These sessions are generally fairly long and I know that it can be hard to fit dance practice in around family, work and other commitments, but you can always sneak in a little bit now and again....

Incidental dancing

What do you do while you are waiting for the microwave to ping, or the kettle to boil? How do you pass the time while you are on hold on the phone?

Dance. Dance all the time. Can you keep up a strong shimmy for as long as it takes the kettle to boil? What about a shimmy en releve? Did you just get up and walk when the doorbell rang? I didn't. I did a hagalla, or a travelling shimmy. In traffic jams I belly pop and beat out zill rhythms on the steering wheel. My babies have been shimmied and horizontal eighted to sleep.

How can you fit dance into your day today?

You're never too good for the basics.

It can be really tempting to keep pushing for bigger and better, fancier things. The sense of achievement from getting the hang of a tricky step is such a rush, but never forget your roots.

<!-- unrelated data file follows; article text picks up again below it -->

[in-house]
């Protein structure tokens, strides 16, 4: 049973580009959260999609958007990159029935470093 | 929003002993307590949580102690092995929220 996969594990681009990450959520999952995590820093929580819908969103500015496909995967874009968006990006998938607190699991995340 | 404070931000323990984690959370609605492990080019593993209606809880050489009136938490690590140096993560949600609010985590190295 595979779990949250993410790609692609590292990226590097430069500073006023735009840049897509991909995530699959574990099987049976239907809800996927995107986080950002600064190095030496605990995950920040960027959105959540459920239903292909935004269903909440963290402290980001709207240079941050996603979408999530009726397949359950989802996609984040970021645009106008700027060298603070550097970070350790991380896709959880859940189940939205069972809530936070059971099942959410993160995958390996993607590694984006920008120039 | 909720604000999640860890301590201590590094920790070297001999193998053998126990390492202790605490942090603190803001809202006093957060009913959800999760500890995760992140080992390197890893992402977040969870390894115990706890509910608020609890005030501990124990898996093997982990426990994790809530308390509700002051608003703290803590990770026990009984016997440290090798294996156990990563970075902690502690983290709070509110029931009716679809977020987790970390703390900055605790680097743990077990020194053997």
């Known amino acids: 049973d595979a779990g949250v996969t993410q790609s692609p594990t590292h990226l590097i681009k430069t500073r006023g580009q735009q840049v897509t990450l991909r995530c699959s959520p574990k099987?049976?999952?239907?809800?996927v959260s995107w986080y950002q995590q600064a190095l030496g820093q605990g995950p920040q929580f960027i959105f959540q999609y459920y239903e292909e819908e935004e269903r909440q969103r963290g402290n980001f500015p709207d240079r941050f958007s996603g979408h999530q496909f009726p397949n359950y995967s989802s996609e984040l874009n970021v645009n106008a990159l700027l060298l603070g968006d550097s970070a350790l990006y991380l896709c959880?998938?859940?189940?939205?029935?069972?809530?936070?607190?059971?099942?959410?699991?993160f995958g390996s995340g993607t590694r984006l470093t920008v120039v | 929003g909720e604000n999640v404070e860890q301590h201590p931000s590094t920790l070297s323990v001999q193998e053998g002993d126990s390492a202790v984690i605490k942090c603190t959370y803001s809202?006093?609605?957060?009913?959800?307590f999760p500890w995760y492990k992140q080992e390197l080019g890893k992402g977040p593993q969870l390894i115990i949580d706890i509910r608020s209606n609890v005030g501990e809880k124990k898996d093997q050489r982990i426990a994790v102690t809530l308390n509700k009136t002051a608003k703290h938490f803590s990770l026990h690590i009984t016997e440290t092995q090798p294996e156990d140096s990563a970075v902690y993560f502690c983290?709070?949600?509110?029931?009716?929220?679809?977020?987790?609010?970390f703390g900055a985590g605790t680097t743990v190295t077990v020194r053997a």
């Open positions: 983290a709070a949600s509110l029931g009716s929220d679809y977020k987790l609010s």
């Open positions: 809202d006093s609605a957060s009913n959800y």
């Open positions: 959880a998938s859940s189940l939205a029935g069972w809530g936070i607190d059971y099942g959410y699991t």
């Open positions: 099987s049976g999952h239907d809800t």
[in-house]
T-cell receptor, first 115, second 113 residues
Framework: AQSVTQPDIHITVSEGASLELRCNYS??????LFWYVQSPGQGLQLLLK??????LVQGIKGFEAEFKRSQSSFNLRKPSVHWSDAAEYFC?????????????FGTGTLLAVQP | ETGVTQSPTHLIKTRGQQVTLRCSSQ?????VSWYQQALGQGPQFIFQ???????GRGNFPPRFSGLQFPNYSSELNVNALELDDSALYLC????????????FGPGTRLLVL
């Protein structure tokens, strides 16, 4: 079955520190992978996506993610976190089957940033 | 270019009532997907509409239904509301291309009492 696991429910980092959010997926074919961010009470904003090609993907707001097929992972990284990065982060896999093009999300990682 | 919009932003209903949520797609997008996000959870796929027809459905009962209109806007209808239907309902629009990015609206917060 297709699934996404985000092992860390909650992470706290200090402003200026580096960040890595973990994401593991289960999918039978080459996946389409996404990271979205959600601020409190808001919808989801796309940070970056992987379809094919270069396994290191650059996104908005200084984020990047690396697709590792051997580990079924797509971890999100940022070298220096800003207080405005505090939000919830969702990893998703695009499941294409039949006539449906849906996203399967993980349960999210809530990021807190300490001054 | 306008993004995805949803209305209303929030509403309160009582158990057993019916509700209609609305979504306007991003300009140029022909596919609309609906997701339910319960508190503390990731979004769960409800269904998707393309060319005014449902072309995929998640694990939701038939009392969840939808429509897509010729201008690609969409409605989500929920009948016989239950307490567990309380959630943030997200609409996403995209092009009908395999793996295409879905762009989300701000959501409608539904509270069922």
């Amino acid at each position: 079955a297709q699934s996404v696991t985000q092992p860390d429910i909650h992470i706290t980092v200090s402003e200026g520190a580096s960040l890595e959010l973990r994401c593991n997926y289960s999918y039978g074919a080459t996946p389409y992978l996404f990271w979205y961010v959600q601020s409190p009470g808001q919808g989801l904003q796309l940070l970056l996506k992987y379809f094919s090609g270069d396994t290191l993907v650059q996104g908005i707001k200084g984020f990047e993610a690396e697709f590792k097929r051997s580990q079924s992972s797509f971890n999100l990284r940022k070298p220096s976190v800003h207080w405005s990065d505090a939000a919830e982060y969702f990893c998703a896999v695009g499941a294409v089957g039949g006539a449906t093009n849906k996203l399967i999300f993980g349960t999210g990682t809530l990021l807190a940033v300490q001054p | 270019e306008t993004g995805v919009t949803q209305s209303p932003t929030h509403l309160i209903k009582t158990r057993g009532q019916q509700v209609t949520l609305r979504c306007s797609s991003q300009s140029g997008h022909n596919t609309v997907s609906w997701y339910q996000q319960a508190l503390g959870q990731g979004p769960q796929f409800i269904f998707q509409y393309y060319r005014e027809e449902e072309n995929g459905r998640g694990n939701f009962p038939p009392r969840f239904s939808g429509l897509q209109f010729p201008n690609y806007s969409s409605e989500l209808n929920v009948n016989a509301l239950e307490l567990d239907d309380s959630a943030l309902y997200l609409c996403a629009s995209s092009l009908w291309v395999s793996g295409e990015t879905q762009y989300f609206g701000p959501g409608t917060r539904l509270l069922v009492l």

Keep drilling the basic, fundamental movements, do them slowly, do them in different poses, keep it precise. Good foundations will improve your dancing as a whole, but if sloppiness creeps in, that will show too.

Your regular class should be challenging, but it is an excellent exercise to visit a foundation level class fairly regularly too. I like to take beginner classes with other teachers, to hear how they break down the movements. You will always pick something new up.

Getting dance fit

Bellydance is a workout in itself, cardio, strength, flexibility, core control, plyometrics - it's all there! You can get fit for dance by just dancing, drilling moves makes you stronger and more flexible, the move gets better.

If you want a short-cut, targeted conditioning can really help by boosting your strength, control and flexibility in the right areas. For instance, if you are working on level changes, a good squat routine will give you a real boost. Many bellydancers teach classes, or have produced workout DVDs, specifically for bellydance conditioning. Datura Online has some really effective, and time efficient, conditioning videos that you can hire for a while to get that fitness boost. Or you could just join up to a regular fitness class that you enjoy.

My preference for dance conditioning is Vinyasa flow yoga and pilates. I didn't really enjoy fitness before I began dancing, but finding what works for me, and seeing how the results impact my dance has been really motivating.